Nathan’s poor health and advancing age (50 is old in a society where physical labor and poor nutrition abound) leave them little alternative for the future. As it was becoming increasingly difficult for him to do the necessary farm work, he knows no one will rent him a new patch of land. As is custom, they must rely on their sons in their old age. Since Murugan has a job in the city, it is to him they will go.
Selvam nobly offers to sacrifice his own future to help his parents stay in the life they’ve always known but they refuse his offer knowing that their time has passed and his is yet to come. Ira has no wish to start over again with stares and uncomfortable questions and so she too will remain behind.
This is the story’s climax, the final breaking point for Ruku. The only life she’s ever known is over and she must find a new way in the twilight of her life.


Ruku sadly packs up her few possessions and realizes that in living with her son and his wife, she will no longer have responsibility as mistress of the house. Even though the work is hard, she will miss it. Shortly before leaving, she ties what little money they have snugly around her waist. Selvam, Ira and Sacrabani come to see them off. Ruku and Nathan have secured a ride on a bullock cart carrying finished animal hides back to the city. Ruku notices the bullocks pulling the cart have sores from their harnesses. The cart driver tells her he cannot afford to rest them and drives the pitiful creatures onward.
After two days, they arrive on the outskirts of the city. Ruku and Nathan ask for directions to the street their son lives on and are told it is another 15 miles. They set out on foot. The going is slow and the traffic, noise and dirt of the city overwhelm them. Nathan pulls Ruku aside and they sit to rest, the rush of the city passes them by. An old man nearby suggests they go to the nearby temple for food and shelter as they still have far to go and darkness has already fallen.
On the way to the temple, Ruku and Nathan find themselves a part of a crowd of regulars - mostly the old and disabled. The smells of food they pass along the way make their stomachs turn in hunger. At the temple, Ruku sees statues of the god and goddess with food offerings at their feet. A woman tells her that after the food is blessed it will be served to the poor who have gathered there. As the priests pray, a rush of images from her past floods Ruku’s mind.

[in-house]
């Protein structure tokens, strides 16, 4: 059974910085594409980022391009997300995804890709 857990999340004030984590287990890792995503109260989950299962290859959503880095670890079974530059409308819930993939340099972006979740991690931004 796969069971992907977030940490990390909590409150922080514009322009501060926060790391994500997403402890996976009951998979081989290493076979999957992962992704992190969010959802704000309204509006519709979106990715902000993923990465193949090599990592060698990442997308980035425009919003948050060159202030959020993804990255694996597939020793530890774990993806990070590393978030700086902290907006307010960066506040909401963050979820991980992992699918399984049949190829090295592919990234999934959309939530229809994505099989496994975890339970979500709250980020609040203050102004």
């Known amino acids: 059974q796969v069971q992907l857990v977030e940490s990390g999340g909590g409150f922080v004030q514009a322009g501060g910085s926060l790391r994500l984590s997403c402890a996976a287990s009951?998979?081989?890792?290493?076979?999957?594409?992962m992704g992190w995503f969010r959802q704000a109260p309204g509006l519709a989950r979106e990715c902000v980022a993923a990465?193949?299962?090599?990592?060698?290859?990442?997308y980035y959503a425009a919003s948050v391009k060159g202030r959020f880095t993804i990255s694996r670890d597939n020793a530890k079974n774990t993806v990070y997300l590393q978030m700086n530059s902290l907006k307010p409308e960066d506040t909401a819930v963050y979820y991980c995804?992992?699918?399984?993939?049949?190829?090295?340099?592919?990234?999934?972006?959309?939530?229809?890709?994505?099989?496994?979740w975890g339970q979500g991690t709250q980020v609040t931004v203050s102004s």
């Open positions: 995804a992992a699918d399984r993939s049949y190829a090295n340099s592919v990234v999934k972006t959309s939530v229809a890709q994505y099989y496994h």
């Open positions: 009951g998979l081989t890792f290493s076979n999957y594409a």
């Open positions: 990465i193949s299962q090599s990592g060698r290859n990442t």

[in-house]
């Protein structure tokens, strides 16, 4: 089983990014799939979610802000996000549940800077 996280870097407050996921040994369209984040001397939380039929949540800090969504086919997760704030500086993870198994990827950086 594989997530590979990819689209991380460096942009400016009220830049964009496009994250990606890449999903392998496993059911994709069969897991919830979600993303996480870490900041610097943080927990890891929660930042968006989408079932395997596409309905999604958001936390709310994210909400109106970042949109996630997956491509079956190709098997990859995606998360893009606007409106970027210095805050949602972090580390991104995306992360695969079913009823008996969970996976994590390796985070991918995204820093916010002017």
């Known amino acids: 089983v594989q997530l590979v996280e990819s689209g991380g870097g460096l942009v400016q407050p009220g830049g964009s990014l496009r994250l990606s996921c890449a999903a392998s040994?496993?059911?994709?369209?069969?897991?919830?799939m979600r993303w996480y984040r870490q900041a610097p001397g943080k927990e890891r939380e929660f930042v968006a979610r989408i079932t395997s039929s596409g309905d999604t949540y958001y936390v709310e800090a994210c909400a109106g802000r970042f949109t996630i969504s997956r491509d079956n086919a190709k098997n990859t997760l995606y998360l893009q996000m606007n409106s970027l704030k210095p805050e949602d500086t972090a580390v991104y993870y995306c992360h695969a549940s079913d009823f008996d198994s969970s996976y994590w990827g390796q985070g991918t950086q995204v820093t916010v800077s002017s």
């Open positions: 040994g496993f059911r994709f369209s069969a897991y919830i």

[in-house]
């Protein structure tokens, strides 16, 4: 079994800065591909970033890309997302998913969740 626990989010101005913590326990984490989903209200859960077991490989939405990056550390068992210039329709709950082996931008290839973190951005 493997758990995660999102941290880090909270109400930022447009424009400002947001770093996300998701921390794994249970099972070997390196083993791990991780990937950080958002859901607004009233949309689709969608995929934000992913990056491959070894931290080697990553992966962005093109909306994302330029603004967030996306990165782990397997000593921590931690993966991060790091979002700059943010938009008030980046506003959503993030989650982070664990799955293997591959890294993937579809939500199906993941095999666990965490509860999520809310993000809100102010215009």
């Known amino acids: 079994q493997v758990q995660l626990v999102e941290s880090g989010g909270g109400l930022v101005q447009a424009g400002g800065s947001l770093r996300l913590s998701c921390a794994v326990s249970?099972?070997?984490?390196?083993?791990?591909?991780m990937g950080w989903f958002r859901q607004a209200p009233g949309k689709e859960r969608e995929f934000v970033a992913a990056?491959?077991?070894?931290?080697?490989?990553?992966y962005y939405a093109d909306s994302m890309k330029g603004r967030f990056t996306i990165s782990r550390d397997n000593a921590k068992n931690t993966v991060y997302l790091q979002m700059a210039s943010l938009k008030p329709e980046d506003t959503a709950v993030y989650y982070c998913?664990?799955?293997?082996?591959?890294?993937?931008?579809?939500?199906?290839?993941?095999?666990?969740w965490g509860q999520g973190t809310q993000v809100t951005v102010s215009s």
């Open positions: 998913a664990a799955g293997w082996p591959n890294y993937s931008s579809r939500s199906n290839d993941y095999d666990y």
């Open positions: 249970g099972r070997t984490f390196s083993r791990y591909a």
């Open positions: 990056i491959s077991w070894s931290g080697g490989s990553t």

After the ceremony, a line of pushing, hungry people forms by the food. Ruku and Nathan are separated and Ruku decides to ask for Nathan’s portion as well as her own. The food server yells at her and accuses her of trying to take a double portion. She leaves with only her own share of rice and lentils to split with Nathan.
Even this small bit of food refreshes them. After throwing their plantain leaf plates to the goats, Ruku remembers their bundles - they have left them against the wall in another portion of the temple. After much searching they realize the bundles are gone. Sympathetic by-standers tell them that even in the temple there are thieves.

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Ruku is upset about going empty handed to her son’s home and she promises herself she will go to the market in the morning. After checking her bundle of money she lays down by Nathan to sleep. But her sleep is troubled as she wakes up often with the sense that something is brushing over her.

For Ruku and Nathan, moving in with their son means not only giving up their farming way of life but also relinquishing responsibility and decision making to the younger generation - a difficult thing to do no matter where you are from.
Even after the changes brought by the tannery, life in the village is calm and quiet compared to the bustling city Ruku and Nathan land in. They are quickly overwhelmed by its size and crowdedness and the difficult task of locating their son based only on the name of a street. Nathan’s ill health makes the task harder - surely they feel very helpless as they try to navigate in this alien environment.
The temple provides a place of refuge, something like a homeless shelter/soup kitchen. Based on the conversations of those around her, Ruku deduces that many there are regulars, people whose very survival depends on this charity. Although she is not one to ask for help, Ruku is all too grateful for a somewhat familiar refuge (it is a temple after all) in the midst of the confusing chaos of the city.